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Post by AlleyRose on Mon Jun 09, 2014 10:52 am

Broccoli was considered an exotic Italian vegetable a couple of generations ago but, like many twentieth century migrants, it’s rapidly become mainstream. It also used to be regarded as a winter-only vegetable, but newer varieties can be grown all year round. Despite this, most home gardeners will find it easier to cultivate broccoli during the cooler months.
Broccoli seed can be sown from summer to autumn in all but the coldest districts. In those areas it’s better to start broccoli seeds in late spring or early summer so that the plants are well on their way before winter arrives.
Yates ‘Shogun’ is a quality hybrid variety of broccoli with good disease resistance. Seed are best sown into starter pots or trays, and seedlings transplanted when they’re about 7cm tall. While the seedlings are germinating, prepare the planting area well by adding Thrive Complete Plant Food, plus some good home- made compost or Dynamic Lifter pellets to activate the soil microbes. If soil has been pre- prepared, broccoli seeds can also be sown direct into the garden bed but make sure they don’t dry out during the germination period.
After the seedlings have emerged, begin feeding immediately with Thrive Soluble Plant Food – half strength at first, then gradually increasing to full strength. After transplanting, water them in with Dynamic Lifter Seaweed. This will encourage the roots to settle in rapidly.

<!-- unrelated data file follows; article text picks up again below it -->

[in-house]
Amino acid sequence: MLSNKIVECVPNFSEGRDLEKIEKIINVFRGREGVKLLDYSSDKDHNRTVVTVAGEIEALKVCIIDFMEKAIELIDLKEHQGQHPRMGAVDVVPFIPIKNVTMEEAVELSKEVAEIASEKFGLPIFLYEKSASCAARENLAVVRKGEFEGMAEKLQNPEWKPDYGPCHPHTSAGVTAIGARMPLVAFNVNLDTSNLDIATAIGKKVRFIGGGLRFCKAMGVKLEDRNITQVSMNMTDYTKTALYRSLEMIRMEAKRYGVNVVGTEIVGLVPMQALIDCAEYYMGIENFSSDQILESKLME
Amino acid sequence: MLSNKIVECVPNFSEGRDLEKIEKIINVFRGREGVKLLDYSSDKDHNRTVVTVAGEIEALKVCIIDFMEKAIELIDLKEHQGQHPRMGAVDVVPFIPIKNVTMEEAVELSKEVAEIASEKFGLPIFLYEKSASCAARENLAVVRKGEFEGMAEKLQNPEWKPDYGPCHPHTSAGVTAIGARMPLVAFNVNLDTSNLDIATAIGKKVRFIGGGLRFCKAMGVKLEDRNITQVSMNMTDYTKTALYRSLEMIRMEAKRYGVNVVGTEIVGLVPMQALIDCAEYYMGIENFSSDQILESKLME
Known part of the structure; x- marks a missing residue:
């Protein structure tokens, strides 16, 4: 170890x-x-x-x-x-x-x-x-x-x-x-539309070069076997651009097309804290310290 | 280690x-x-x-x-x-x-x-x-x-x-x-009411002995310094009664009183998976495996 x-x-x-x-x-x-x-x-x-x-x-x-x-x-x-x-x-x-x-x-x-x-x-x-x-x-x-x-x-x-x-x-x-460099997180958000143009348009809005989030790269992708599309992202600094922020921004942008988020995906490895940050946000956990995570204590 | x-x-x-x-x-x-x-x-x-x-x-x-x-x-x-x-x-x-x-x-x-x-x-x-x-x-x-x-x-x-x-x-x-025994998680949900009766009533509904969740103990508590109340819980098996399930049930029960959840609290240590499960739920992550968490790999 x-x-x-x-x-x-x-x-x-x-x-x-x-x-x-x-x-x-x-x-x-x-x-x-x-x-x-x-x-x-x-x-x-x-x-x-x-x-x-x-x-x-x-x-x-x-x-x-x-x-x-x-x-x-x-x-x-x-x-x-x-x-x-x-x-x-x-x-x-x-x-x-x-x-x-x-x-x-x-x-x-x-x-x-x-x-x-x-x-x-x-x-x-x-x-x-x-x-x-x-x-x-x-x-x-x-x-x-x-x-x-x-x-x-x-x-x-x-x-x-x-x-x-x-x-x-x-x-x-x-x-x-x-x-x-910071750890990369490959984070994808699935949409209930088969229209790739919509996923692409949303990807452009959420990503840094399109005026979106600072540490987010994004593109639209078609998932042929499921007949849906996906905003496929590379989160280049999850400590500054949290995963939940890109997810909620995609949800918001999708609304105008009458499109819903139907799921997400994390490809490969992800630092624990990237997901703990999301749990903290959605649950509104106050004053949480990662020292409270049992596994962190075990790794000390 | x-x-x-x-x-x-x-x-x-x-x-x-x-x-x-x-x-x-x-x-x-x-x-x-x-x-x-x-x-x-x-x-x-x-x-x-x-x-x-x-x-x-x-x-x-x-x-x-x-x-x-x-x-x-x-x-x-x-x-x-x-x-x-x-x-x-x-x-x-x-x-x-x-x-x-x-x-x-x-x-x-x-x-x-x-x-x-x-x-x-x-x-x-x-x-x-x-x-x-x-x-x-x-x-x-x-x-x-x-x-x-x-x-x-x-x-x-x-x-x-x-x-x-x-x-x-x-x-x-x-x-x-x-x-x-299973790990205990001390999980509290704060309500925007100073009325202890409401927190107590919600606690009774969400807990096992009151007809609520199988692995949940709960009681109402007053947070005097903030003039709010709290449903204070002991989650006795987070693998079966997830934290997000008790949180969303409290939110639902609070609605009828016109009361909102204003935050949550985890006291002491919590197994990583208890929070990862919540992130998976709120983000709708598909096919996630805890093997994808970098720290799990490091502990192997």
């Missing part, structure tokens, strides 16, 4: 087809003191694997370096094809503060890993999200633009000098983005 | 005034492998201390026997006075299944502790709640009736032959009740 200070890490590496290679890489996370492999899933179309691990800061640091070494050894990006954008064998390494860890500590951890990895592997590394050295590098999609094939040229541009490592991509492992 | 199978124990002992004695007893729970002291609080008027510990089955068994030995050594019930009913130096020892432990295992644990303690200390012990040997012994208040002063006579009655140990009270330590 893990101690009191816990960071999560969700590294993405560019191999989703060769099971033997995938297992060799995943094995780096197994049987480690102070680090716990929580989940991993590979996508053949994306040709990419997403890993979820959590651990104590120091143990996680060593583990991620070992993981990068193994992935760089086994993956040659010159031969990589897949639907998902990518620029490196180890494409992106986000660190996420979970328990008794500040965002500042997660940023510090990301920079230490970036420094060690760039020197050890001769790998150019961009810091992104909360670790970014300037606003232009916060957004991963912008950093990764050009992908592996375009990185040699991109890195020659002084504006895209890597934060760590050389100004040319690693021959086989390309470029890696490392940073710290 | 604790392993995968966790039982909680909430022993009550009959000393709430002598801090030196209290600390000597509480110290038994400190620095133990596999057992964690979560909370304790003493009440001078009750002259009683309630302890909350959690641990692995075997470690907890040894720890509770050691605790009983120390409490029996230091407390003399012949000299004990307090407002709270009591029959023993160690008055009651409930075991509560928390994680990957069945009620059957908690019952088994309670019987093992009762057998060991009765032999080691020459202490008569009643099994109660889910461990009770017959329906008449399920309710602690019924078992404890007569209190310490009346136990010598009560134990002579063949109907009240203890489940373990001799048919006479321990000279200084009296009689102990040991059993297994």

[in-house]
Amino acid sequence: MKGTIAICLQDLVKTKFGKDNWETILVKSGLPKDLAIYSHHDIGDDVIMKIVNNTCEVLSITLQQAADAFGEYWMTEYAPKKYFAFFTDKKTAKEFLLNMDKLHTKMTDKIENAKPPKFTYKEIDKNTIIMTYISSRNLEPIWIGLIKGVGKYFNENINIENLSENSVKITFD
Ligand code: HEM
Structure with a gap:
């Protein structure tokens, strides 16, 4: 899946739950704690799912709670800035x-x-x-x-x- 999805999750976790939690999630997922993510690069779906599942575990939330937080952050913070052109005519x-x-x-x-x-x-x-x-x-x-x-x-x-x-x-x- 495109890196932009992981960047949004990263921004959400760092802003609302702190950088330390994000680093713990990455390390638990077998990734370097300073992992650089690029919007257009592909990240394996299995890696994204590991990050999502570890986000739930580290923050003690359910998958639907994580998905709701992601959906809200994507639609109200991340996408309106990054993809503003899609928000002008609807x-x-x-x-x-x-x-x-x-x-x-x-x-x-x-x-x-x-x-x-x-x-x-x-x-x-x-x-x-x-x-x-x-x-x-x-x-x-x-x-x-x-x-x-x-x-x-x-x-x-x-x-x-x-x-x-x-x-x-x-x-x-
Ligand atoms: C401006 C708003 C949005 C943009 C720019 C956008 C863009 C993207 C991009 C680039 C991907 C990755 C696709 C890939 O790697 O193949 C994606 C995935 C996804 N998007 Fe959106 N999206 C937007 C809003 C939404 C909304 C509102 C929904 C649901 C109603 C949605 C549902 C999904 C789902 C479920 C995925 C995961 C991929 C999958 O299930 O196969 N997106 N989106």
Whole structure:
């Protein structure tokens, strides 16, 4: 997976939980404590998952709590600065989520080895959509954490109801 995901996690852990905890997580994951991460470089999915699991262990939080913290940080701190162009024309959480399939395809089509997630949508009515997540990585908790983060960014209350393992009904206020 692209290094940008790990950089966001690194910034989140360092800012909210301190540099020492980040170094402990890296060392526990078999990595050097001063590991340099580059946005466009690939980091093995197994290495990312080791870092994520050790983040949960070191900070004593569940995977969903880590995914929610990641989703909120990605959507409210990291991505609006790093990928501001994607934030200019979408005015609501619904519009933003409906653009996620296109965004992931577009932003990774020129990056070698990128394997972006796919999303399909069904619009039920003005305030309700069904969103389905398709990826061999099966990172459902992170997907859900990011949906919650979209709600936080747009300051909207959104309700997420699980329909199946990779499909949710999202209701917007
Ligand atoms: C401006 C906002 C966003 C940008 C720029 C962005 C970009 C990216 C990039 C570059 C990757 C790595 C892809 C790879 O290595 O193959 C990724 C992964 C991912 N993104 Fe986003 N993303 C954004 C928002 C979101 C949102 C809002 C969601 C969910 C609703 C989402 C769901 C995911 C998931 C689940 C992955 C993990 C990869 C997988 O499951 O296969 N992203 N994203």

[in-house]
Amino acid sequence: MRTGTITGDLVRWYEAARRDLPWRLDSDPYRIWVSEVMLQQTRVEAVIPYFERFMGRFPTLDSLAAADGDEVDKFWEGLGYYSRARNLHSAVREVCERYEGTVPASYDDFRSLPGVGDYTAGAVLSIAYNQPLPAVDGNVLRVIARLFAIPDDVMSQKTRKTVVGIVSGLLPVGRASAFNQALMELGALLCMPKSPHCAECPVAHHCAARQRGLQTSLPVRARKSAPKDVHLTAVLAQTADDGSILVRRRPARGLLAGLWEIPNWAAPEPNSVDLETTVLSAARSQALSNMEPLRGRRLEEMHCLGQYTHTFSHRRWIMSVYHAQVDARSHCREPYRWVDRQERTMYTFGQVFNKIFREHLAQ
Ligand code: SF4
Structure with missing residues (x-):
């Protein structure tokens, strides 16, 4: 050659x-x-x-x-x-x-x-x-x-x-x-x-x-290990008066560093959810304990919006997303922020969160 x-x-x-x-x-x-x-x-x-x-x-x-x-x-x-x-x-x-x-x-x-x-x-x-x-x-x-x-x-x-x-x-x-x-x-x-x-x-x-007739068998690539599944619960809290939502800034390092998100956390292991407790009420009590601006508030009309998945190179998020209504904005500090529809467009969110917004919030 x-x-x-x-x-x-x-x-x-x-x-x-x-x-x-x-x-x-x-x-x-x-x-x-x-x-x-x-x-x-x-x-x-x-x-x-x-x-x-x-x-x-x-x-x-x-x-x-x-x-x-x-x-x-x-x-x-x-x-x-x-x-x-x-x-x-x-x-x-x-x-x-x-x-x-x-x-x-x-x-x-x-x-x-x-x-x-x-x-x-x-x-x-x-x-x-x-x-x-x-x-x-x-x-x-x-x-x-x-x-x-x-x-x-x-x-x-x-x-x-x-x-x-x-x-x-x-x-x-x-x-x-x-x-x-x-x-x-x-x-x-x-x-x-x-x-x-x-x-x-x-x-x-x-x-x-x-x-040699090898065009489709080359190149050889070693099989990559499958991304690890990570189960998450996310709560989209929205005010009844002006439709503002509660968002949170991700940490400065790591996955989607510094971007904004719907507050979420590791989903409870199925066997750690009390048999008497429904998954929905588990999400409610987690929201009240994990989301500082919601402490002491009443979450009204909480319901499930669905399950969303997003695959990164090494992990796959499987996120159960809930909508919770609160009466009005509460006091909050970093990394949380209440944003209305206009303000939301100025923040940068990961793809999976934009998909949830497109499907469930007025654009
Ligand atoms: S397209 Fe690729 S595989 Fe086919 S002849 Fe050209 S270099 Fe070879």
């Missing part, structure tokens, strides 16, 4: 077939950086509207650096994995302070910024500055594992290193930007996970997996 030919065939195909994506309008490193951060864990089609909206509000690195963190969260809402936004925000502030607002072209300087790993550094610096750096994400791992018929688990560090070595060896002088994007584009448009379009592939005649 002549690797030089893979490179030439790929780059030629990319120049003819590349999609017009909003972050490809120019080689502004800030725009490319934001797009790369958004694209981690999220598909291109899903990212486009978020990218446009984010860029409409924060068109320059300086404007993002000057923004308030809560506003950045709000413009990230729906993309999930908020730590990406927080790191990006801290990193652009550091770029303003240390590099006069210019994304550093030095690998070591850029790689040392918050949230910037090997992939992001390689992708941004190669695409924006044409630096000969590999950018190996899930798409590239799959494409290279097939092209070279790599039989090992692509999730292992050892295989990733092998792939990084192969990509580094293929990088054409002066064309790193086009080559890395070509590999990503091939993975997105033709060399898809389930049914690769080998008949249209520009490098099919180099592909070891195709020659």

The gardening practice called crop rotation, which means successively growing different types of crop, should be religiously followed with broccoli. Broccoli’s susceptible to a soil- borne problem called club root, which causes the plants to wilt rapidly on hot days, so make sure you plant into a different bed each year. Don’t go back to the same bed for at least three years.
Broccoli is related to cabbages and, as a result, is troubled by many of the same pests and diseases. Watch out for the grubs of cabbage moths and butterflies. Yates Success, an organically-derived caterpillar control, is the best solution for these pests. Use Blitzem or Baysol pellets to deter snails and slugs and prevent them from eating the young leaves. Confidor gives low toxic system control of aphids, and Yates copper-based Fungus Fighter will help with mildew on the leaves.
Broccoli grows relatively slowly in the cooler months and is usually ready for harvest in 16 – 20 weeks. Cut the large central head when the buds are well formed but before the flowers start to open. Removing this central head will encourage smaller side shoots to form. They’ll then be ready for a second picking in a few weeks time.
The interesting Chinese broccoli called ‘Kailaan’ is also available in Yates seed range. It forms a looser, lighter head that is usually harvested when a few of the flowers have opened. Understandably, this Asian variety is ideally suited to stir fries or noodle dishes. Its tender shoots require minimal cooking.

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